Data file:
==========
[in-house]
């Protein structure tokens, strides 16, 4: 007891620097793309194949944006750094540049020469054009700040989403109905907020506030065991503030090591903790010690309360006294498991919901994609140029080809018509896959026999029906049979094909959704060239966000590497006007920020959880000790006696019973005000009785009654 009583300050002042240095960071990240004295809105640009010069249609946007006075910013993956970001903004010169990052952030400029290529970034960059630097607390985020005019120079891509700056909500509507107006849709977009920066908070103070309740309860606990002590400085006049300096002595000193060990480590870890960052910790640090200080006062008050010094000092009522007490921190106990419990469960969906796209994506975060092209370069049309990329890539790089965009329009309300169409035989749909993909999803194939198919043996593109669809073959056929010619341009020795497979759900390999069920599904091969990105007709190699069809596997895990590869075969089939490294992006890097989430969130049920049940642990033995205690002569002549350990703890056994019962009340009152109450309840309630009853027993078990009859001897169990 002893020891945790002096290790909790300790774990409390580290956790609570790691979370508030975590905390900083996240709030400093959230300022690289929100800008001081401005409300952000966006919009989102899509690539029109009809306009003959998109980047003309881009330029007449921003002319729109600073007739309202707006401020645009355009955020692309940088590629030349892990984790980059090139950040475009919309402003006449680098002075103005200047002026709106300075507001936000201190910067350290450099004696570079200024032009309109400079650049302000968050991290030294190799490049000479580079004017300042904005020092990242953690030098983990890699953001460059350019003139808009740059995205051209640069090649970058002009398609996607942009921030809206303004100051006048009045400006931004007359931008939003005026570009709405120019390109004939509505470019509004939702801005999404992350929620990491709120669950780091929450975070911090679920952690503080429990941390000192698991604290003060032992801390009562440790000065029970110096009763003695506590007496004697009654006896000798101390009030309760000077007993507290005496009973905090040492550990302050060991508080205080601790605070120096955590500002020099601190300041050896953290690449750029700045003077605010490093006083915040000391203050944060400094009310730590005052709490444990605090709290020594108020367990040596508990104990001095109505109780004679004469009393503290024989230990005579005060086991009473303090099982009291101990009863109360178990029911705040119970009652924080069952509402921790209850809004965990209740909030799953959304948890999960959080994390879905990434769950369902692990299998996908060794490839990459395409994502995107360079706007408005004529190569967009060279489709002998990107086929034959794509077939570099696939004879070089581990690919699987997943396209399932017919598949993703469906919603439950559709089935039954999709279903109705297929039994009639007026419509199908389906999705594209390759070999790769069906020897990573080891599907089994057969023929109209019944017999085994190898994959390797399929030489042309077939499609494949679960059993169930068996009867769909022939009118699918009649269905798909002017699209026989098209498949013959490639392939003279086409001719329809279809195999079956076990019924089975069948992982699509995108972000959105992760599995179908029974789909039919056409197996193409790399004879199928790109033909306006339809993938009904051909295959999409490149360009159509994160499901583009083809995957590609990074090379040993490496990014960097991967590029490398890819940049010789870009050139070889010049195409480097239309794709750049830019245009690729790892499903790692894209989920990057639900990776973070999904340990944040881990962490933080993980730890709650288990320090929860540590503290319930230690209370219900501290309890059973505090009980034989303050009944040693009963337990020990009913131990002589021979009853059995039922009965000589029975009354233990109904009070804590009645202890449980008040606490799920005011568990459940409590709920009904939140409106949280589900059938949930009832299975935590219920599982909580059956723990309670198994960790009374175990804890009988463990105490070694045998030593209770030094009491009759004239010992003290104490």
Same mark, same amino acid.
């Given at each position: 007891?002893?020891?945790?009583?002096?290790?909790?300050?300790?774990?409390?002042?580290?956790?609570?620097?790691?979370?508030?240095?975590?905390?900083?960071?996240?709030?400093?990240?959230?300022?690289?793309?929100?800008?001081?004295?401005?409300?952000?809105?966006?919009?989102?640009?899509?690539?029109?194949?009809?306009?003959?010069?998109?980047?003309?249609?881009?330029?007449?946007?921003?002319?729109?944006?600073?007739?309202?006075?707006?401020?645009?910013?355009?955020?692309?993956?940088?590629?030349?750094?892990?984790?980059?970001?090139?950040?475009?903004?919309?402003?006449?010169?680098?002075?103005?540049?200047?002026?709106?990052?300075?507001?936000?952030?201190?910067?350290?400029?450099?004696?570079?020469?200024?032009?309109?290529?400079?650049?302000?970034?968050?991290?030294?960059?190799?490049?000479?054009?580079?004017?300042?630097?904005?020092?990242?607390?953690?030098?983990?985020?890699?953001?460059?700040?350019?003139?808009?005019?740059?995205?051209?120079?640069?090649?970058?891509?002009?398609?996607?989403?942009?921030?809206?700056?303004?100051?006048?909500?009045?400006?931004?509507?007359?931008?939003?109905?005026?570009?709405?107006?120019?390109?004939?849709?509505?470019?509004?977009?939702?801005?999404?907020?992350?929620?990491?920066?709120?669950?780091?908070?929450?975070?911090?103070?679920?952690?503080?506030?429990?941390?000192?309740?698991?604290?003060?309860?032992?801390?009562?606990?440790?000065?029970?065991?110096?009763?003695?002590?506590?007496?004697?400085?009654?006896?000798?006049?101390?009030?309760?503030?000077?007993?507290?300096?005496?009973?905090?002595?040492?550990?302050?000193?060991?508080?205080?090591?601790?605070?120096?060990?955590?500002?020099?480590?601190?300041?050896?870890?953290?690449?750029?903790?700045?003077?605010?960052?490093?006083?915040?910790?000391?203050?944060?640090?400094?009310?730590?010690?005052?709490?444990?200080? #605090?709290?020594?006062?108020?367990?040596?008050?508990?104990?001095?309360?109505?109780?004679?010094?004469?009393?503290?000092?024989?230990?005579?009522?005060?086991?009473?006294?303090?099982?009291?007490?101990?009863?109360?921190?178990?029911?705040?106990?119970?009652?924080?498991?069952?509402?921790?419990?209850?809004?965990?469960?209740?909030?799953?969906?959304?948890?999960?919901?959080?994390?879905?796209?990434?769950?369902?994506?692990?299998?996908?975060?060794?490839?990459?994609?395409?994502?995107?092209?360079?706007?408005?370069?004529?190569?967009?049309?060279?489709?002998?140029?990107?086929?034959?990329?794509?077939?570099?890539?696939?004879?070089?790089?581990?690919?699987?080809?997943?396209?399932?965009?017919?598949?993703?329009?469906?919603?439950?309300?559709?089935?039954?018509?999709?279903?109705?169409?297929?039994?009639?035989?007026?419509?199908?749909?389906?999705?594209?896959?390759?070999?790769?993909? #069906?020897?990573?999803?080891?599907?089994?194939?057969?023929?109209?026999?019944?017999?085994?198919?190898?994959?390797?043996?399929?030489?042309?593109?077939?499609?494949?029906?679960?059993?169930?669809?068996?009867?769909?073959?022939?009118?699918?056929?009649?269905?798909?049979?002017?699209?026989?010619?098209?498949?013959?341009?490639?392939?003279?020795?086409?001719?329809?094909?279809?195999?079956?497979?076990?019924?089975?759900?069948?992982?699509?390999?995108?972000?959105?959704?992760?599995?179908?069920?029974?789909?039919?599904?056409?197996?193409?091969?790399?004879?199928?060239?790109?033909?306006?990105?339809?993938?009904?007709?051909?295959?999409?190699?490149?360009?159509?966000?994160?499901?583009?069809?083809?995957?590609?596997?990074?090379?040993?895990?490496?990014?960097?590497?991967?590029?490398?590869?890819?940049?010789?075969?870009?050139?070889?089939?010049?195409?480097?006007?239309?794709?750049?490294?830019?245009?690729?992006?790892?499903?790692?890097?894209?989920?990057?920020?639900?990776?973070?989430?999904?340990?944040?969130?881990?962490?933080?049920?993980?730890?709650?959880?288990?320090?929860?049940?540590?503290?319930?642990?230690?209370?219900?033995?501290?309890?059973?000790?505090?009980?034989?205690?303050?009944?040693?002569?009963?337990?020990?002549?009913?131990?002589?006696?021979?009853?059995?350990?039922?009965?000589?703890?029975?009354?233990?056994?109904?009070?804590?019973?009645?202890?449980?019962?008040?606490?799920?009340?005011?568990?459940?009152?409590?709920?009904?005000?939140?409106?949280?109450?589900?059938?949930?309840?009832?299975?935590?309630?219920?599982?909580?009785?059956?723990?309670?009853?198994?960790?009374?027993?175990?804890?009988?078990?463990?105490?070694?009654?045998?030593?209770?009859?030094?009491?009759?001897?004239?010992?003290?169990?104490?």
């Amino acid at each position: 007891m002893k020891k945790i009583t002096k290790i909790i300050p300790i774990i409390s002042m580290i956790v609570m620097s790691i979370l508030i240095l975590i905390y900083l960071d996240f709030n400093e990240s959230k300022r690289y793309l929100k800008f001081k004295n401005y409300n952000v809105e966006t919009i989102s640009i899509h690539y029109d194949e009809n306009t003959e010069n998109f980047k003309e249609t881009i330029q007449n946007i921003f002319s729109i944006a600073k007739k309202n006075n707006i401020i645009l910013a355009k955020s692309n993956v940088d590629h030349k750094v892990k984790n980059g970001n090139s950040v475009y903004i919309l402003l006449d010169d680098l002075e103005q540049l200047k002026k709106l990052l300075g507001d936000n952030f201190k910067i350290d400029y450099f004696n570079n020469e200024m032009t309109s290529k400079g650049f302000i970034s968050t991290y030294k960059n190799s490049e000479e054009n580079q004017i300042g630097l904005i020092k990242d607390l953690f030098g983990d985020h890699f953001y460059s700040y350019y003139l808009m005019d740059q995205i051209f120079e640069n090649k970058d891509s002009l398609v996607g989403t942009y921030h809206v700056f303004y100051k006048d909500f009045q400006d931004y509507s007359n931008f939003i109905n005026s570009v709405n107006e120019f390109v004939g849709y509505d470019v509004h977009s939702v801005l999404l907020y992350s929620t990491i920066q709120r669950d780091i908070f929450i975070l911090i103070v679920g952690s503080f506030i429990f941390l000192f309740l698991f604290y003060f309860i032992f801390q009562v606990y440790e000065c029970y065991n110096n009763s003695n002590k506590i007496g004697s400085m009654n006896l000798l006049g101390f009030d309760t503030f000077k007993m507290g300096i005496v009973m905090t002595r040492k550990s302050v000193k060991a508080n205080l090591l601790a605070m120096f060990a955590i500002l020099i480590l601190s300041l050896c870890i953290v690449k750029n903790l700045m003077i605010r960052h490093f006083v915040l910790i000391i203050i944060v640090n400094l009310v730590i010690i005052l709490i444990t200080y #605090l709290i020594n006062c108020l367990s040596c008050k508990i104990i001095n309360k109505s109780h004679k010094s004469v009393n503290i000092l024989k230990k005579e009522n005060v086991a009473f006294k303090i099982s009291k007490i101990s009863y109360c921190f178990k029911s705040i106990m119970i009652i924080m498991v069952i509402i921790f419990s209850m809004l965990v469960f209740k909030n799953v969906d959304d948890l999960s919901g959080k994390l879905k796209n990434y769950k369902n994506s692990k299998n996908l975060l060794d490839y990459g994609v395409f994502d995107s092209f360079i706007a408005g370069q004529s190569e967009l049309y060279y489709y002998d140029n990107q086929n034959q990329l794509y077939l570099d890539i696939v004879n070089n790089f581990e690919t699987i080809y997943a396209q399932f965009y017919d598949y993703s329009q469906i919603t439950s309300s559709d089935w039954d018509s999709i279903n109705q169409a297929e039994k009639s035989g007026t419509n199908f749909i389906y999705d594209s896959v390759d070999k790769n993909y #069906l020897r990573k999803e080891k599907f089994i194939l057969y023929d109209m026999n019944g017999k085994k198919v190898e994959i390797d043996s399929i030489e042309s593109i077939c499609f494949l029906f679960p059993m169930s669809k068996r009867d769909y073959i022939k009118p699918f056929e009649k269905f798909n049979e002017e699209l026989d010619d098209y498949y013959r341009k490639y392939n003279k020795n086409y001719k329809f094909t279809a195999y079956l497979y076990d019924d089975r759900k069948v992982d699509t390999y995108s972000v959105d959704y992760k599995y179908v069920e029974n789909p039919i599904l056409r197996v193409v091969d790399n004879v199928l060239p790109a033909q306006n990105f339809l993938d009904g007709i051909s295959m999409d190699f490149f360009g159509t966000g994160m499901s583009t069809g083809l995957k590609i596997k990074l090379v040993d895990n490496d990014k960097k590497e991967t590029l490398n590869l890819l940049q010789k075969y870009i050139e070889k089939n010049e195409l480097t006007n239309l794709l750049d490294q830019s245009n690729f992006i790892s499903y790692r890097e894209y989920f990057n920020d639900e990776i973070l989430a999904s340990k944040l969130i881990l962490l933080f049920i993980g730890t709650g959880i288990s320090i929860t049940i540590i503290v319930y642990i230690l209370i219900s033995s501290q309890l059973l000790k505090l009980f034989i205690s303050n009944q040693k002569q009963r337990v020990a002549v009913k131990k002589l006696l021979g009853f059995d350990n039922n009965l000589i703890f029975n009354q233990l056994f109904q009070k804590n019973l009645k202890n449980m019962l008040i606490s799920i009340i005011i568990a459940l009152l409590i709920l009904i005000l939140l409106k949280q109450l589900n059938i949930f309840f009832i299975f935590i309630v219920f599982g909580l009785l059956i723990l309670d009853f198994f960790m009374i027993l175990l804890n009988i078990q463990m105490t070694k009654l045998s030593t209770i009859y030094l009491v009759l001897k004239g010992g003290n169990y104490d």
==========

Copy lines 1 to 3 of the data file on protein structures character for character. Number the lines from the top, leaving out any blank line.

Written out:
[in-house]
């Protein structure tokens, strides 16, 4: 007891620097793309194949944006750094540049020469054009700040989403109905907020506030065991503030090591903790010690309360006294498991919901994609140029080809018509896959026999029906049979094909959704060239966000590497006007920020959880000790006696019973005000009785009654 009583300050002042240095960071990240004295809105640009010069249609946007006075910013993956970001903004010169990052952030400029290529970034960059630097607390985020005019120079891509700056909500509507107006849709977009920066908070103070309740309860606990002590400085006049300096002595000193060990480590870890960052910790640090200080006062008050010094000092009522007490921190106990419990469960969906796209994506975060092209370069049309990329890539790089965009329009309300169409035989749909993909999803194939198919043996593109669809073959056929010619341009020795497979759900390999069920599904091969990105007709190699069809596997895990590869075969089939490294992006890097989430969130049920049940642990033995205690002569002549350990703890056994019962009340009152109450309840309630009853027993078990009859001897169990 002893020891945790002096290790909790300790774990409390580290956790609570790691979370508030975590905390900083996240709030400093959230300022690289929100800008001081401005409300952000966006919009989102899509690539029109009809306009003959998109980047003309881009330029007449921003002319729109600073007739309202707006401020645009355009955020692309940088590629030349892990984790980059090139950040475009919309402003006449680098002075103005200047002026709106300075507001936000201190910067350290450099004696570079200024032009309109400079650049302000968050991290030294190799490049000479580079004017300042904005020092990242953690030098983990890699953001460059350019003139808009740059995205051209640069090649970058002009398609996607942009921030809206303004100051006048009045400006931004007359931008939003005026570009709405120019390109004939509505470019509004939702801005999404992350929620990491709120669950780091929450975070911090679920952690503080429990941390000192698991604290003060032992801390009562440790000065029970110096009763003695506590007496004697009654006896000798101390009030309760000077007993507290005496009973905090040492550990302050060991508080205080601790605070120096955590500002020099601190300041050896953290690449750029700045003077605010490093006083915040000391203050944060400094009310730590005052709490444990605090709290020594108020367990040596508990104990001095109505109780004679004469009393503290024989230990005579005060086991009473303090099982009291101990009863109360178990029911705040119970009652924080069952509402921790209850809004965990209740909030799953959304948890999960959080994390879905990434769950369902692990299998996908060794490839990459395409994502995107360079706007408005004529190569967009060279489709002998990107086929034959794509077939570099696939004879070089581990690919699987997943396209399932017919598949993703469906919603439950559709089935039954999709279903109705297929039994009639007026419509199908389906999705594209390759070999790769069906020897990573080891599907089994057969023929109209019944017999085994190898994959390797399929030489042309077939499609494949679960059993169930068996009867769909022939009118699918009649269905798909002017699209026989098209498949013959490639392939003279086409001719329809279809195999079956076990019924089975069948992982699509995108972000959105992760599995179908029974789909039919056409197996193409790399004879199928790109033909306006339809993938009904051909295959999409490149360009159509994160499901583009083809995957590609990074090379040993490496990014960097991967590029490398890819940049010789870009050139070889010049195409480097239309794709750049830019245009690729790892499903790692894209989920990057639900990776973070999904340990944040881990962490933080993980730890709650288990320090929860540590503290319930230690209370219900501290309890059973505090009980034989303050009944040693009963337990020990009913131990002589021979009853059995039922009965000589029975009354233990109904009070804590009645202890449980008040606490799920005011568990459940409590709920009904939140409106949280589900059938949930009832299975935590219920599982909580059956723990309670198994960790009374175990804890009988463990105490070694045998030593209770030094009491009759004239010992003290104490």
Same mark, same amino acid.